Every cat owner knows that cats are good at vocalizing their needs. Some cats talk more than others, but you know your cat wants something when he starts meowing. He might want to go outside, or maybe he is hungry. But beyond the typical plaintive “meow,” cats have plenty to say. Your cat will offer up a whole selection of other sounds.
Cats usually purr when content, but sick and injured cats purr as well. The low, steady motor of a gentle purr can also be a sign of self-healing. There are few things as comforting as settling down with a soft blanket, a warm fire, and a purring cat, especially for pet owners who are in tune enough to know when the purr means all is well.
Caterwauling – Howling or Wailing
Cats may caterwaul for a number of reasons. They might make this high, alarming screech when breeding or fighting for potential mates. Female cats in heat will caterwaul in hopes of attracting a male, and they may call in several from a considerable distance. At that point, a fight may ensue. They might want their owner’s attention, they may be in pain, feel vulnerable or disoriented, or they may be alerting their owners to something going on outside. Either way, this is a sound not to ignore!
There is no mistaking the meaning of a directed hiss. Cats will flatten their ears, points their faces in the direction of the offender, and hiss a gust of hot, foul-smelling breath in their direction. Hissing is combined with body language.
The cat’s pupils will dilate, and hair stand out to make them appear bigger. The hiss may be accompanied by a sudden, startling spit. When a cat hisses and their body language is in a full defensive posture, tail jerking, ears flattened, it’s best to back off. Cats hiss to tell someone to “go away.” Cats hiss with contempt.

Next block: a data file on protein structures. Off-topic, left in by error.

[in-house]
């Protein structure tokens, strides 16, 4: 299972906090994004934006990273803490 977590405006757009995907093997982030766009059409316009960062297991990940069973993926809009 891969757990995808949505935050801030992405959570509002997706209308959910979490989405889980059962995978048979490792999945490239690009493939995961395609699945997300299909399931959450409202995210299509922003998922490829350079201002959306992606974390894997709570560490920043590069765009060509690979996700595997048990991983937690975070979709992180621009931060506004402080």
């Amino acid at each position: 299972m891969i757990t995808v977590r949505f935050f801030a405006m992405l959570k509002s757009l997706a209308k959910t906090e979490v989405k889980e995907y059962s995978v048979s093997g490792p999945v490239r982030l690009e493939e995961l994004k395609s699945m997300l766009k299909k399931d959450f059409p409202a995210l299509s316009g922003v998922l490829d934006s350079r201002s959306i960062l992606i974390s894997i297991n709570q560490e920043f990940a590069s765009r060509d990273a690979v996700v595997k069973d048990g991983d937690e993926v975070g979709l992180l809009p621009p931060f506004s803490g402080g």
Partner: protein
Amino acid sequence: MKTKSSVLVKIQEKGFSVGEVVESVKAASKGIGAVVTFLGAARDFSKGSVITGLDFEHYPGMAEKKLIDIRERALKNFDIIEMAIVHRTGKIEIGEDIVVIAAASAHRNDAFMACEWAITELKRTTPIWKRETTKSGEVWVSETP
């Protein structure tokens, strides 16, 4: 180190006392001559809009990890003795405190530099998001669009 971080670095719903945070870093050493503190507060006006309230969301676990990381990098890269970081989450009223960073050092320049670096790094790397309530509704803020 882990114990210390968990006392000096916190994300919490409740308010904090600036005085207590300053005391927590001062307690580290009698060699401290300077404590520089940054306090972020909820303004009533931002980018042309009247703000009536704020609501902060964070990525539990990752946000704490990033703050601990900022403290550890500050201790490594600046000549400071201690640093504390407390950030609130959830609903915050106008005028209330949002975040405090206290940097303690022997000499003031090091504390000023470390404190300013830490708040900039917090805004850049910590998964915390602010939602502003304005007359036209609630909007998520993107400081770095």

A cat will growl as a warning, either to people, other cats, or other animals. Cats will also growl as a territorial alarm, to herald an intrusion. In a cat, a growl is not always a prelude to an attack. Many cats will growl first, and then run away to hide. Some growl as they are running. Cats choose their battles, but they have plenty to say in the meantime.
The low, full-throat yowl is a sound meaning bad news. Cats may yowl out of fear, or when they are cornered, or they may yowl as an announcement that they are about to vomit.
If your cat is watching squirrels through the window, their tail lashes and they might emit a staccato chatter. The meaning is just what it seems: excited frustration.
A chirp is baby talk. Cats chirp softly to other cats, when they are at peace. Mother cats chirp to their kittens or will chirp to a prospective mate. Rest assured cats chirp at people they think highly of. At least, as high as any human can be, in the esteem of a cat.
What unique sounds does your cat make?
If you’re curious or concerned about them, talk to your veterinarian.
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